philip at philipwalton.com
Wed May 11 19:28:24 UTC 2011
Thanks Mike, that method probably would work and does seem better than
calling wp_print_scripts() in the footer.
The reason there are factors I can't control is because I'm talking
about a development framework I use. In my framework the
add_settings_page() callback loads and outputs a view file and that view
file could contain any number of form objects and (since it's a
framework that is reused) I don't know whether or not the form in that
particular view file is going to require ajax validation before the form
object or subclass is instantiated.
On 5/11/11 9:55 AM, Mike Little wrote:
> On Wed, May 11, 2011 at 17:38, Philip Walton<philip at philipwalton.com>wrote:
>> On 5/11/11 6:57 AM, Otto wrote:
>>> I'm going to go ahead and categorically state that there is no
>>> situation where it is *necessary* to enqueue a script halfway down the
>>> page. All the normal data is loaded into memory, the main query has
>>> executed, the autoloader has occurred for options... what else do you
>> I can agree that it's not absolutely necessary to enqueue a script at the
>> point in the page load that I'm wanting to. But I still maintain that
>> there's nothing "wrong" about it. Putting a script in the footer is a very
>> reasonable thing to do, so as long as I'm making that decision before I
>> output the footer markup, I see nothing categorically wrong with it.
>> I'm also not making the decision to include the script based on the post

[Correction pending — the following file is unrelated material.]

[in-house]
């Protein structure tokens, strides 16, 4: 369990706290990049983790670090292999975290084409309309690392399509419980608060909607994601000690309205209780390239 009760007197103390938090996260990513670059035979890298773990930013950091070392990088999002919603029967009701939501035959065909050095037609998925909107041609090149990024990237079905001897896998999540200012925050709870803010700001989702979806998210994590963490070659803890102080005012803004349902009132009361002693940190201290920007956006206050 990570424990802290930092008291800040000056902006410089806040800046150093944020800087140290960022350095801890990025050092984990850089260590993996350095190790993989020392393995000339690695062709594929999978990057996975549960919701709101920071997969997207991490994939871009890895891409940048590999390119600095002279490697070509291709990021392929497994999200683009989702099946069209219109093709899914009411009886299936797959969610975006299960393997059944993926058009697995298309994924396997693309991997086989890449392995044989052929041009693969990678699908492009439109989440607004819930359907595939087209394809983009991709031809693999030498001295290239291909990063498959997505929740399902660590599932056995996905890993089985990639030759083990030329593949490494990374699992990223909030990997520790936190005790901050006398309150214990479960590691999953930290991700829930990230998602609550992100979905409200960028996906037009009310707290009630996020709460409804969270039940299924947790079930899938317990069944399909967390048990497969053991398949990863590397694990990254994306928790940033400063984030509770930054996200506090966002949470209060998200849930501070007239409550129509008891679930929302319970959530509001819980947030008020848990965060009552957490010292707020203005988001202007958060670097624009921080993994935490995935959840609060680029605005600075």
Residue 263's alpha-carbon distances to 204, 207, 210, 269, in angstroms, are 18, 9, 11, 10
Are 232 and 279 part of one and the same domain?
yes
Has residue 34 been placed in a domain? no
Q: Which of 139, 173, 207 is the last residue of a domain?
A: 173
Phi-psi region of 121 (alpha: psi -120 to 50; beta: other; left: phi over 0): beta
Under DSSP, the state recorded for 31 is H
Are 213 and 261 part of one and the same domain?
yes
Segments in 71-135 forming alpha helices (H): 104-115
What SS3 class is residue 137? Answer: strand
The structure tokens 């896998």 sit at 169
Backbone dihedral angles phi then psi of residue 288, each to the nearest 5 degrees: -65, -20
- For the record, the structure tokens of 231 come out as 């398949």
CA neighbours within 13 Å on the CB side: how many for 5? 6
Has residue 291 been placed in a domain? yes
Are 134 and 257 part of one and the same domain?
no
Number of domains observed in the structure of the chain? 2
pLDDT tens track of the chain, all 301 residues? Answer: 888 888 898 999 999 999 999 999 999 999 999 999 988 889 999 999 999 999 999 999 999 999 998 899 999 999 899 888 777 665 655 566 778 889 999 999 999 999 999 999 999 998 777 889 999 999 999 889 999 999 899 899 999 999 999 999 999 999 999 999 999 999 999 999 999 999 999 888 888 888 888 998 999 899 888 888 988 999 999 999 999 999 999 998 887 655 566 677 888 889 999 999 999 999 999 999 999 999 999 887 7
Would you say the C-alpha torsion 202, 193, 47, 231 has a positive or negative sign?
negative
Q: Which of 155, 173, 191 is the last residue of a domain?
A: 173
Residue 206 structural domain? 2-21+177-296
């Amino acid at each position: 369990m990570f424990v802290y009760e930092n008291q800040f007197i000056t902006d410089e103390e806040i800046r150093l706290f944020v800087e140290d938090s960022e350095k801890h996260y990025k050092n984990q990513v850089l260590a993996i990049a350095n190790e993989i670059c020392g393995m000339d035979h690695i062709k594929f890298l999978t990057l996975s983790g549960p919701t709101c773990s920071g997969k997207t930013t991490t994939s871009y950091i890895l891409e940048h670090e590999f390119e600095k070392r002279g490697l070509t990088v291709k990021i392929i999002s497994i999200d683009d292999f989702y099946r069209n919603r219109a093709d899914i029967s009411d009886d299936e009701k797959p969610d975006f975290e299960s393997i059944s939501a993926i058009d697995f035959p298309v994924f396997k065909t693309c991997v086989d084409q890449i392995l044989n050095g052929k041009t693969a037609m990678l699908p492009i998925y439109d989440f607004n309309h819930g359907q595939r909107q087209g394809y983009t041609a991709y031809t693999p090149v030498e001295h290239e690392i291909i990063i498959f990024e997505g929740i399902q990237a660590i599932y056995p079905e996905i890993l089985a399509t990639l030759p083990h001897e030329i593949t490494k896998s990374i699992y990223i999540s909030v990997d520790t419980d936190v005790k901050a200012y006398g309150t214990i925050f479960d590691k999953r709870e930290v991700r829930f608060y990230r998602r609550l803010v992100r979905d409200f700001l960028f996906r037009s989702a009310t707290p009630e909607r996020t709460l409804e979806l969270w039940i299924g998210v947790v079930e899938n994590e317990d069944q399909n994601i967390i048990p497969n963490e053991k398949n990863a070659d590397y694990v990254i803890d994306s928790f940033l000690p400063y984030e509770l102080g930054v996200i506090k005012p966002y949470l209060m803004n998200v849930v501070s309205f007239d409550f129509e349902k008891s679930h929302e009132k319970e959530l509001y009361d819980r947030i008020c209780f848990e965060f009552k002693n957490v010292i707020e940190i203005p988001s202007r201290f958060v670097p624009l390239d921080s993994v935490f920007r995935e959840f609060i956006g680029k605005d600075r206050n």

>> content (maybe that was unclear). I'm doing so on a settings form form the
>> admin side.
>> The add_settings_page() includes a callback to output the contents of the
>> form, and that callback is fired after the admin_enqueue_scripts hook. In
>> that callback I'm creating a form object and deciding and at that point
>> (based on factors I don't control) whether or not I need to either use a
>> script to do ajax form validation.
>> The most logical place for me to make that decision is in the
>> add_settings_page callback. Could I do it before? Yes, but in my opinion,
>> that would be doing it the "wrong" way.
> I still don't see why your "factors you don't control" aren't known earlier
> in processing, but I saw a discussion recently on this list (I think it was
> about conditional tags round css) whereby the idea discussed was to always
> enqueue (a script) on the page, marked to go in the footer, and then you
> could decide to remove it from the queue during processing of the page. I
> think that may satisfy your requirement (with the caveat that dependencies
> may have already been injected)
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